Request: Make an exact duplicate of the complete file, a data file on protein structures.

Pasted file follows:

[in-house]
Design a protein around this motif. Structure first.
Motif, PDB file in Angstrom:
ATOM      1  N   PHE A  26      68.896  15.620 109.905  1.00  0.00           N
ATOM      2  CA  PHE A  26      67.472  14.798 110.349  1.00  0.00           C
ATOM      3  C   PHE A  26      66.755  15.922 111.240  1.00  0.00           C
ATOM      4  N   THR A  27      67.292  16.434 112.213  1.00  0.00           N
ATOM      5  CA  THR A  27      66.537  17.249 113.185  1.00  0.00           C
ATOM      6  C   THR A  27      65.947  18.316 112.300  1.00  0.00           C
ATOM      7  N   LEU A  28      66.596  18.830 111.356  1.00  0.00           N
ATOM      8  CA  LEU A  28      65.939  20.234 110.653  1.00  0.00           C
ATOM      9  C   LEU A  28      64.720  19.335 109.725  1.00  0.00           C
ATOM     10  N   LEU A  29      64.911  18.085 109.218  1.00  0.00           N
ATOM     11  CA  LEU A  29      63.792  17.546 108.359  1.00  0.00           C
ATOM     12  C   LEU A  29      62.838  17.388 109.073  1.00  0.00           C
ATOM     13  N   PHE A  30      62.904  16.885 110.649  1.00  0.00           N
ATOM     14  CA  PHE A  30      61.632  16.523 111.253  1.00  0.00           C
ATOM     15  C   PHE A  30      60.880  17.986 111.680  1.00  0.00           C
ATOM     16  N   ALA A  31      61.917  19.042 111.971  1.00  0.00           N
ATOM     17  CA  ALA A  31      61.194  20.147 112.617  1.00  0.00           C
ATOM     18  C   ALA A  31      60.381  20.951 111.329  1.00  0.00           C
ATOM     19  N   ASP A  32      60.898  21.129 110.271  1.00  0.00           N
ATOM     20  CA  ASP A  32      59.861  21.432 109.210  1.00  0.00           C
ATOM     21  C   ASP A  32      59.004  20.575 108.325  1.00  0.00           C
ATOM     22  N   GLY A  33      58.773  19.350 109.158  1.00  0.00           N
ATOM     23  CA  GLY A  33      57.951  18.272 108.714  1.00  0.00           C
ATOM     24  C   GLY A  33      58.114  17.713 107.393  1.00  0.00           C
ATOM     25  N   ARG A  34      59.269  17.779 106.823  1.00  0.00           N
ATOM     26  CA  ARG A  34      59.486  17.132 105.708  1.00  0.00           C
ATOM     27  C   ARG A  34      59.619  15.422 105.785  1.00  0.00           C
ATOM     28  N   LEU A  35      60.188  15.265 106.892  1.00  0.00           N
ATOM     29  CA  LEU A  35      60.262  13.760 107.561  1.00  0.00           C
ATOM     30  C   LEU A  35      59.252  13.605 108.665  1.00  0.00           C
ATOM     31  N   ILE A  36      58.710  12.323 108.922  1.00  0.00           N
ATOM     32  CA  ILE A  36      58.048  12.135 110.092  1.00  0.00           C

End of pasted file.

[in-house]
Design a protein around this motif. Structure first.
Motif, PDB file in Angstrom:
ATOM      1  N   PHE A  26      68.896  15.620 109.905  1.00  0.00           N
ATOM      2  CA  PHE A  26      67.472  14.798 110.349  1.00  0.00           C
ATOM      3  C   PHE A  26      66.755  15.922 111.240  1.00  0.00           C
ATOM      4  N   THR A  27      67.292  16.434 112.213  1.00  0.00           N
ATOM      5  CA  THR A  27      66.537  17.249 113.185  1.00  0.00           C
ATOM      6  C   THR A  27      65.947  18.316 112.300  1.00  0.00           C
ATOM      7  N   LEU A  28      66.596  18.830 111.356  1.00  0.00           N
ATOM      8  CA  LEU A  28      65.939  20.234 110.653  1.00  0.00           C
ATOM      9  C   LEU A  28      64.720  19.335 109.725  1.00  0.00           C
ATOM     10  N   LEU A  29      64.911  18.085 109.218  1.00  0.00           N
ATOM     11  CA  LEU A  29      63.792  17.546 108.359  1.00  0.00           C
ATOM     12  C   LEU A  29      62.838  17.388 109.073  1.00  0.00           C
ATOM     13  N   PHE A  30      62.904  16.885 110.649  1.00  0.00           N
ATOM     14  CA  PHE A  30      61.632  16.523 111.253  1.00  0.00           C
ATOM     15  C   PHE A  30      60.880  17.986 111.680  1.00  0.00           C
ATOM     16  N   ALA A  31      61.917  19.042 111.971  1.00  0.00           N
ATOM     17  CA  ALA A  31      61.194  20.147 112.617  1.00  0.00           C
ATOM     18  C   ALA A  31      60.381  20.951 111.329  1.00  0.00           C
ATOM     19  N   ASP A  32      60.898  21.129 110.271  1.00  0.00           N
ATOM     20  CA  ASP A  32      59.861  21.432 109.210  1.00  0.00           C
ATOM     21  C   ASP A  32      59.004  20.575 108.325  1.00  0.00           C
ATOM     22  N   GLY A  33      58.773  19.350 109.158  1.00  0.00           N
ATOM     23  CA  GLY A  33      57.951  18.272 108.714  1.00  0.00           C
ATOM     24  C   GLY A  33      58.114  17.713 107.393  1.00  0.00           C
ATOM     25  N   ARG A  34      59.269  17.779 106.823  1.00  0.00           N
ATOM     26  CA  ARG A  34      59.486  17.132 105.708  1.00  0.00           C
ATOM     27  C   ARG A  34      59.619  15.422 105.785  1.00  0.00           C
ATOM     28  N   LEU A  35      60.188  15.265 106.892  1.00  0.00           N
ATOM     29  CA  LEU A  35      60.262  13.760 107.561  1.00  0.00           C
ATOM     30  C   LEU A  35      59.252  13.605 108.665  1.00  0.00           C
ATOM     31  N   ILE A  36      58.710  12.323 108.922  1.00  0.00           N
ATOM     32  CA  ILE A  36      58.048  12.135 110.092  1.00  0.00           C